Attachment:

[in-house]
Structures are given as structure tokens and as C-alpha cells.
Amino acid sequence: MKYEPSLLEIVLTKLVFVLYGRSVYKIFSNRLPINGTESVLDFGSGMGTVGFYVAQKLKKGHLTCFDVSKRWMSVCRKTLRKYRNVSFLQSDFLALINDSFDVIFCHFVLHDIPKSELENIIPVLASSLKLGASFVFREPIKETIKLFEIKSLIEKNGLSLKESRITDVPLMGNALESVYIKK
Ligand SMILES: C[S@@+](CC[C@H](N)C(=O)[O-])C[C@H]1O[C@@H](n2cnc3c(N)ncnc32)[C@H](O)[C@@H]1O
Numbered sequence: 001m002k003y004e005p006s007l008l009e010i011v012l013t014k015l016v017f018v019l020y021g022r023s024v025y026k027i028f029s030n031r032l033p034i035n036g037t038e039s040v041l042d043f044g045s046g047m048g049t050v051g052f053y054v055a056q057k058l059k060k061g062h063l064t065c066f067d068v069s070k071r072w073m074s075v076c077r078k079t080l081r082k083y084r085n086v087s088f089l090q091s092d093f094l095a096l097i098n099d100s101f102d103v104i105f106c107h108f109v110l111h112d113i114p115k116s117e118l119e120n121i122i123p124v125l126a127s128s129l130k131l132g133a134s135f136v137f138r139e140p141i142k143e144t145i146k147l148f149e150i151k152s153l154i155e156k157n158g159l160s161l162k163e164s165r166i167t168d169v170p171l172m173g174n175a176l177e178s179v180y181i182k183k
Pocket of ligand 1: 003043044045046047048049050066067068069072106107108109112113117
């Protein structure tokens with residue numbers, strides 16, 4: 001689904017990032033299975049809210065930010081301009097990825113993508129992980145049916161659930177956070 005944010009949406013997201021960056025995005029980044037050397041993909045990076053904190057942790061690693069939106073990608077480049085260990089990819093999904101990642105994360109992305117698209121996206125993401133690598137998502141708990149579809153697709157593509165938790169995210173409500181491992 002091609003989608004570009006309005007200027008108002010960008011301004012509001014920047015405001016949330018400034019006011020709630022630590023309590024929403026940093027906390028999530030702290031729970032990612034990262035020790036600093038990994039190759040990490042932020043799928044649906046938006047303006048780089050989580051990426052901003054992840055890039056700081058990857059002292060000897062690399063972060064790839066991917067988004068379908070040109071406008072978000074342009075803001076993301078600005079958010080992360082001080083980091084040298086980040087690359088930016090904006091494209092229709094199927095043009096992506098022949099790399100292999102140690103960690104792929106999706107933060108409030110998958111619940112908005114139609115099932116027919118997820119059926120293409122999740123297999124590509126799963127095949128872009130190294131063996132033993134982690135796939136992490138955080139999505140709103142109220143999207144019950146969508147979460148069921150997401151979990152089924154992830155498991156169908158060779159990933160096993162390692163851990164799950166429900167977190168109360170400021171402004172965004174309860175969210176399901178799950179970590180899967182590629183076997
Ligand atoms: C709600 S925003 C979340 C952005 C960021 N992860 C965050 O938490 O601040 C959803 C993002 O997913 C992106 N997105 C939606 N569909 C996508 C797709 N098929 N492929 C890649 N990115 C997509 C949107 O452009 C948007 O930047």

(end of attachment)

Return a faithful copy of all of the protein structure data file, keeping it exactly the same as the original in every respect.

[in-house]
Structures are given as structure tokens and as C-alpha cells.
Amino acid sequence: MKYEPSLLEIVLTKLVFVLYGRSVYKIFSNRLPINGTESVLDFGSGMGTVGFYVAQKLKKGHLTCFDVSKRWMSVCRKTLRKYRNVSFLQSDFLALINDSFDVIFCHFVLHDIPKSELENIIPVLASSLKLGASFVFREPIKETIKLFEIKSLIEKNGLSLKESRITDVPLMGNALESVYIKK
Ligand SMILES: C[S@@+](CC[C@H](N)C(=O)[O-])C[C@H]1O[C@@H](n2cnc3c(N)ncnc32)[C@H](O)[C@@H]1O
Numbered sequence: 001m002k003y004e005p006s007l008l009e010i011v012l013t014k015l016v017f018v019l020y021g022r023s024v025y026k027i028f029s030n031r032l033p034i035n036g037t038e039s040v041l042d043f044g045s046g047m048g049t050v051g052f053y054v055a056q057k058l059k060k061g062h063l064t065c066f067d068v069s070k071r072w073m074s075v076c077r078k079t080l081r082k083y084r085n086v087s088f089l090q091s092d093f094l095a096l097i098n099d100s101f102d103v104i105f106c107h108f109v110l111h112d113i114p115k116s117e118l119e120n121i122i123p124v125l126a127s128s129l130k131l132g133a134s135f136v137f138r139e140p141i142k143e144t145i146k147l148f149e150i151k152s153l154i155e156k157n158g159l160s161l162k163e164s165r166i167t168d169v170p171l172m173g174n175a176l177e178s179v180y181i182k183k
Pocket of ligand 1: 003043044045046047048049050066067068069072106107108109112113117
């Protein structure tokens with residue numbers, strides 16, 4: 001689904017990032033299975049809210065930010081301009097990825113993508129992980145049916161659930177956070 005944010009949406013997201021960056025995005029980044037050397041993909045990076053904190057942790061690693069939106073990608077480049085260990089990819093999904101990642105994360109992305117698209121996206125993401133690598137998502141708990149579809153697709157593509165938790169995210173409500181491992 002091609003989608004570009006309005007200027008108002010960008011301004012509001014920047015405001016949330018400034019006011020709630022630590023309590024929403026940093027906390028999530030702290031729970032990612034990262035020790036600093038990994039190759040990490042932020043799928044649906046938006047303006048780089050989580051990426052901003054992840055890039056700081058990857059002292060000897062690399063972060064790839066991917067988004068379908070040109071406008072978000074342009075803001076993301078600005079958010080992360082001080083980091084040298086980040087690359088930016090904006091494209092229709094199927095043009096992506098022949099790399100292999102140690103960690104792929106999706107933060108409030110998958111619940112908005114139609115099932116027919118997820119059926120293409122999740123297999124590509126799963127095949128872009130190294131063996132033993134982690135796939136992490138955080139999505140709103142109220143999207144019950146969508147979460148069921150997401151979990152089924154992830155498991156169908158060779159990933160096993162390692163851990164799950166429900167977190168109360170400021171402004172965004174309860175969210176399901178799950179970590180899967182590629183076997
Ligand atoms: C709600 S925003 C979340 C952005 C960021 N992860 C965050 O938490 O601040 C959803 C993002 O997913 C992106 N997105 C939606 N569909 C996508 C797709 N098929 N492929 C890649 N990115 C997509 C949107 O452009 C948007 O930047």